Siobhan: And if you have any explanation for why you say it's underrated or overrated, and you can say if not, we could just move along, so I am going over the first one at you, 2022 as the year of the employee is that underrated or overrated?

Marie: Underrated.

Siobhan: You did not pause.

Marie: I think some companies are still in denial, and I think they're not giving it the right amount of time and value that they should be on how are they going to address employees seeing how they have been empowered, post pandemic.

Mike: All right, next one for you, internal talent marketplaces.

So there's been a lot of investment in technology that companies can use to create what they're calling internal talent marketplaces, matching job opportunities, career pathways, and current employee skills, and sort of being a matchmaker, using technology as a matchmaker.

Do you feel like that technology approach there is underrated or overrated?

Marie: Overrated. Why? Because the first thing I thought of was using technology and the talent acquisition part. I do know I've heard of it. And I see why we're having some problems in getting employees, is because the technology is weeding out certain people who should be considered qualified for the job.

And then the other thing, the reason why I have a problem with the concept, is that they're using that the key word you said was internally, I personally believe that the world is global. Everyone has a place in it, and we should make sure that they are operating in their gifts and talents. And that people have a place they're in the right place, Jim Collins, right place, right time, right season, and companies, if they're focusing on internally, they're looking at what they can do for their company, where they should be looking at what's best for the person, and be able to be happy and excited with an employee that they have trained up feel that there's time for them to go to a different organization to continue to grow.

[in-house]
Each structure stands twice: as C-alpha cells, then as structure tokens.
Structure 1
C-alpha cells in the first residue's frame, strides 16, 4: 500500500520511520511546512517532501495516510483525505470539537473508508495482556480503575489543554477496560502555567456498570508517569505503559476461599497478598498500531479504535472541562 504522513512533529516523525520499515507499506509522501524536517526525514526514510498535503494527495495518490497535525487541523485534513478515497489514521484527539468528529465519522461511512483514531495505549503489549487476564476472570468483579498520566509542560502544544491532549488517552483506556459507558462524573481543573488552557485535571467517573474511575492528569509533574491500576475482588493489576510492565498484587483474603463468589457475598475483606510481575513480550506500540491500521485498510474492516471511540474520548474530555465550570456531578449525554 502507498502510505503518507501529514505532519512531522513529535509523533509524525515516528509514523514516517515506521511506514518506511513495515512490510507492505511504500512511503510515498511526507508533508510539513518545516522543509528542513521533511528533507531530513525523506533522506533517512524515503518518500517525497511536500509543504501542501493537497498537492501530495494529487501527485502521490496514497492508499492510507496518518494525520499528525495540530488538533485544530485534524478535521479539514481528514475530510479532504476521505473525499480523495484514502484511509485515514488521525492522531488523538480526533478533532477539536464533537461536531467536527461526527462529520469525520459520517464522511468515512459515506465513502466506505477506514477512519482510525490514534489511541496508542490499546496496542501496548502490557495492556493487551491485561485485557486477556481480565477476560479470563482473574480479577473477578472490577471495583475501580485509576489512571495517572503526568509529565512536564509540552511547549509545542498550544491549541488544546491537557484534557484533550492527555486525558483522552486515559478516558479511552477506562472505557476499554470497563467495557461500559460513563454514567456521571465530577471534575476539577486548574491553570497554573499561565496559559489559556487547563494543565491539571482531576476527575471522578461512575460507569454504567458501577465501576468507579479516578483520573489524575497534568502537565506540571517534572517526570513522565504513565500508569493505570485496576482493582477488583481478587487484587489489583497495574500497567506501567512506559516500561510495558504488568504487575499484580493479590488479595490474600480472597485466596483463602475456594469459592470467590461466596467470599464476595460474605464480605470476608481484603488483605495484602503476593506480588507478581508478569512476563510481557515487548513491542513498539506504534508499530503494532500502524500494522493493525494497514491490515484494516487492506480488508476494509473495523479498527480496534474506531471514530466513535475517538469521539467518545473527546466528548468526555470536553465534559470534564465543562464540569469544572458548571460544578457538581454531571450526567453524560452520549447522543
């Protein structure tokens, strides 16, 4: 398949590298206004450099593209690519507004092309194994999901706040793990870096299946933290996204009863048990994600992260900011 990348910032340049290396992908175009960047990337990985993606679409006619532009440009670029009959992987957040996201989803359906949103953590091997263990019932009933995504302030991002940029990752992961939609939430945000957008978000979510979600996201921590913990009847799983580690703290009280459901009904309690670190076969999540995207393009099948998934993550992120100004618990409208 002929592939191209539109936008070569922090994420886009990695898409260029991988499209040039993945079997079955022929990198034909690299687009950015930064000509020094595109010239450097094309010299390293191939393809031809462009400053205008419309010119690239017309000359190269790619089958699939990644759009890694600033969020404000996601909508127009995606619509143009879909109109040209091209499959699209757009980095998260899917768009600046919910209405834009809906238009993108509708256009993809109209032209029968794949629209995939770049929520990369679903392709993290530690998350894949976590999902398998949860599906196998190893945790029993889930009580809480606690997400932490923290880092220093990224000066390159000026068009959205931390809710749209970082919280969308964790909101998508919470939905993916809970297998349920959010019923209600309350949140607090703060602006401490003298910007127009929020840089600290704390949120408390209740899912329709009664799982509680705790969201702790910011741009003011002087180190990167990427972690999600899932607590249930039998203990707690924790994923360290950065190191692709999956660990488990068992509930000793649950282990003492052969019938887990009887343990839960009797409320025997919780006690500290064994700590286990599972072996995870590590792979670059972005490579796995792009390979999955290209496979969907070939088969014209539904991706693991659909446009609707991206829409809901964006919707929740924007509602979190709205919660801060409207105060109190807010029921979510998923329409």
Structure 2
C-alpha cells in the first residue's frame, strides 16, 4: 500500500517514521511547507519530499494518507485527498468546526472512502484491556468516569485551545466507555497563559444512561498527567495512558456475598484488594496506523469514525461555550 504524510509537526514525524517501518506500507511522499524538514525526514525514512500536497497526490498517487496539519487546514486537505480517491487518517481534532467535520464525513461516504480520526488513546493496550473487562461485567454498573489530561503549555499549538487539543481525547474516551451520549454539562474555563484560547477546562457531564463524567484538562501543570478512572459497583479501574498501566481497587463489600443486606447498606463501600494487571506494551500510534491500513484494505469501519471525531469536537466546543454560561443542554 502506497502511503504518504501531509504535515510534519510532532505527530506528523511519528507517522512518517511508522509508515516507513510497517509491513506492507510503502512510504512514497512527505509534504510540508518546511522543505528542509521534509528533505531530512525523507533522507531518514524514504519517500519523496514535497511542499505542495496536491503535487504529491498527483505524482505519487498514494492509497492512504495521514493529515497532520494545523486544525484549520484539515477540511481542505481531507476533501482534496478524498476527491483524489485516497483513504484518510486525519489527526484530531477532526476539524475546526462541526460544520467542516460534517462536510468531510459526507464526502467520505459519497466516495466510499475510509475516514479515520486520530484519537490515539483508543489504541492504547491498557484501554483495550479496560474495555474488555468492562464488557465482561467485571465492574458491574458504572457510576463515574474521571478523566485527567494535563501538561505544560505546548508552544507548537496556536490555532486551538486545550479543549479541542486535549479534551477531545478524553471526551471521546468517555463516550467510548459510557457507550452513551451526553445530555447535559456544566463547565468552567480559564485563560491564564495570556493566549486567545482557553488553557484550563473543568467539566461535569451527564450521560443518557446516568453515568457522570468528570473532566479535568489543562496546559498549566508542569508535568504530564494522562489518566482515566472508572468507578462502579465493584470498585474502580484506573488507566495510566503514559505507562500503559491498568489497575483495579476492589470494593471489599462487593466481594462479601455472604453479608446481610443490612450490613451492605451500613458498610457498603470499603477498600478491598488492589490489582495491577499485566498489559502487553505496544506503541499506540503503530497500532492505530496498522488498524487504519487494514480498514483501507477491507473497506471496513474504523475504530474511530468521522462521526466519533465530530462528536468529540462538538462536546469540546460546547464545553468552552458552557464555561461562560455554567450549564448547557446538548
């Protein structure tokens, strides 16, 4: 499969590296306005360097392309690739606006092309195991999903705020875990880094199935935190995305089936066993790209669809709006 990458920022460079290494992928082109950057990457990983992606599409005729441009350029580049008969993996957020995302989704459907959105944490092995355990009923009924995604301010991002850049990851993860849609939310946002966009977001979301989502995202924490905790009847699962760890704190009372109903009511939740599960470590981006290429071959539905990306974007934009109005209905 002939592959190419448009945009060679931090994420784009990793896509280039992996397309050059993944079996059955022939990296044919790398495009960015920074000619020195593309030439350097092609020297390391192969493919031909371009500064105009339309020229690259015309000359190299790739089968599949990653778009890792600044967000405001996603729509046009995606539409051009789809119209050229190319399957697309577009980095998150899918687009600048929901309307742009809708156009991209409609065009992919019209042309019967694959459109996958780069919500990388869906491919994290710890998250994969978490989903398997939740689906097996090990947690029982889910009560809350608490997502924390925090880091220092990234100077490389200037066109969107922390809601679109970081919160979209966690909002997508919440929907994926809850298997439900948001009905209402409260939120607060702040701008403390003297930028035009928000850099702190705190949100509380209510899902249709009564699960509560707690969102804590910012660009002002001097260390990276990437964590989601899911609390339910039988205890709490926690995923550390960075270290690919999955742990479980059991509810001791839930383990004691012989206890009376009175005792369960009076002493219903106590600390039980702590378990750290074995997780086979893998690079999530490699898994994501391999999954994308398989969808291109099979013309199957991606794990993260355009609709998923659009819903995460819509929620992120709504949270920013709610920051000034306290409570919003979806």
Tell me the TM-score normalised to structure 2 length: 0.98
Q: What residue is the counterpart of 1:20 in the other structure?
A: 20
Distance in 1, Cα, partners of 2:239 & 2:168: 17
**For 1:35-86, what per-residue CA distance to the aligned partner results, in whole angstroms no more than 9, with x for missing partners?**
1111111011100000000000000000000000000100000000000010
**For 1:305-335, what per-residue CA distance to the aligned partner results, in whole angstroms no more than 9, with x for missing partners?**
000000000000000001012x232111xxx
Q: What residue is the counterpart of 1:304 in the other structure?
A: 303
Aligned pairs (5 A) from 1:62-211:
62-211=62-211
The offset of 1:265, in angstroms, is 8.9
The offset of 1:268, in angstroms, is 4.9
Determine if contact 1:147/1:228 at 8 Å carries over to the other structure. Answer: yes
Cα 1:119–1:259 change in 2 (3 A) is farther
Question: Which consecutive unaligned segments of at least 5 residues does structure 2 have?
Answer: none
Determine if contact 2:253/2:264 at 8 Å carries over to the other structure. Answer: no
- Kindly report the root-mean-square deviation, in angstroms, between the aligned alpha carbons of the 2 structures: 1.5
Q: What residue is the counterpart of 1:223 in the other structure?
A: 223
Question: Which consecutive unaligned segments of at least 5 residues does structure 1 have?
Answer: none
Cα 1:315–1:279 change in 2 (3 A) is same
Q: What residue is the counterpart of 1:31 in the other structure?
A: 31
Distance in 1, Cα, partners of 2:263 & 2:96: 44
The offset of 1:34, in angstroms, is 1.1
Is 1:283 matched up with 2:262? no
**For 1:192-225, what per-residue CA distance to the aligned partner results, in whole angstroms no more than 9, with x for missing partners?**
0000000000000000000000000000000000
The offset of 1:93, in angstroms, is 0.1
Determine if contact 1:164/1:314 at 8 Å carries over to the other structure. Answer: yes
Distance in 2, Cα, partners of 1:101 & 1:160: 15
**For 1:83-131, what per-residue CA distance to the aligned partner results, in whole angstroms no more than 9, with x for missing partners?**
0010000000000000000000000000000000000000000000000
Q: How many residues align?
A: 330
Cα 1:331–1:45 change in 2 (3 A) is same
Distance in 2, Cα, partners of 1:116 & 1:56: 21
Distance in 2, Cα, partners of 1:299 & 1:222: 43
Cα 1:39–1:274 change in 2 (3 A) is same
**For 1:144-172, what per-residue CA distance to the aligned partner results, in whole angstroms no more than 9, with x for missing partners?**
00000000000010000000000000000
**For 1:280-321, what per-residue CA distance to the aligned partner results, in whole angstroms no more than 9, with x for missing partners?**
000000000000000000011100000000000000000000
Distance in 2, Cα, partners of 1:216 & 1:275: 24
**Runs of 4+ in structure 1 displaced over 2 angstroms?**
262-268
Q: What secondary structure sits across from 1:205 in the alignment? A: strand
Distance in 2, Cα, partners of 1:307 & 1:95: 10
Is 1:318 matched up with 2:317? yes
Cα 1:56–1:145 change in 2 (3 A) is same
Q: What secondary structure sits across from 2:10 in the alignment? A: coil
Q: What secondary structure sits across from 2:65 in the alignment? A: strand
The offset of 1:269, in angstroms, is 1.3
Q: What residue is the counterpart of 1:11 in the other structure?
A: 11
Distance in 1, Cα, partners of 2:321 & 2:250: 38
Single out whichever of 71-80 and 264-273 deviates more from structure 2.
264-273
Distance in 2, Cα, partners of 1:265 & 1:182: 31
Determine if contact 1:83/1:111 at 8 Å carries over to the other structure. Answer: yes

Siobhan: I don't think that I've ever expected the underrated / overrated to get so thoughtful. So thank you for bringing us to that level Marie.

Mike: That's a compliment, by the way.

Siobhan: It is, it absolutely is. Like, OK, we're playing a game and I'm like, whoa, all right.

Marie: You can see I look at a lot of different people, and have an opinion on everything.

Siobhan: Oh, no, I love it. I love it.

Mike: We'll get to what you think about the current Philadelphia Mayor soon.

Siobhan: So we're gonna try one more with this underrated / overrated, actually, we're going to try two more, so I'm gonna throw one more at you right now, though. And that is, perks as a way to combat burnout. So hey, here's a pizza party. Hey, why don't you go to Disney World on us, etc. as a way to combat burnout. Is this underrated or overrated?

Marie: Overrated. And I was thinking about myself, because I was like, yes, I was getting excited about that trip. But I still have to come back. And if I have not dealt with the root cause I'm going to be burned out again.

Siobhan: Mickey Mouse isn't going to give you the energy you need to go back to the work.

Marie: Mickey Mouse to give me energy for a week.

Siobhan: OK.

Mike: Yeah, the gift cards can only last so long.

Marie: So long, yeah.

Mike: We all have a little drawer full of them.

Marie: Yes, and that's when I always say you know, when people tell me things, don't patch it up. And I've always told organizations, don't patch it up, let us confront it, let's not go over or under it, let's go through it and deal with the root cause.

Mike: All right, we've got one last one for you.

Marie: OK.

Mike: Organizations talk about having an employee value proposition, so this thing that you know the reason why you the case you make to employees, why they should be a part of your organization, the value you bring to them. Given that a lot of careers a lot of job 10 years are shrinking, is talent development, the fact that will develop your career, still a foundation of that employee value proposition? Do you believe talent development as a foundation of employee value proposition is underrated or overrated?

Marie: Underrated. And the reason why I say underrated, first of all, I don't think everyone gets what's really going on. I think we should empower employees, whether we want to use development of them, I'm still out on that one. But I definitely hate the word career. Because look at mine. I've been different things at different times. But they have, I have done everything that I wanted to. And I have always been in the place that I thought I needed to be.

I didn't say I want to go up the ladder. Never have said that. There came a point when I graduated from high school when I decided you know Philadelphia took care of the mayor, I wanted to be a director of HR before I was 30, I was by 26. To me I met my goal, and I actually quit my job and went to school full time to figure out what I wanted to do next.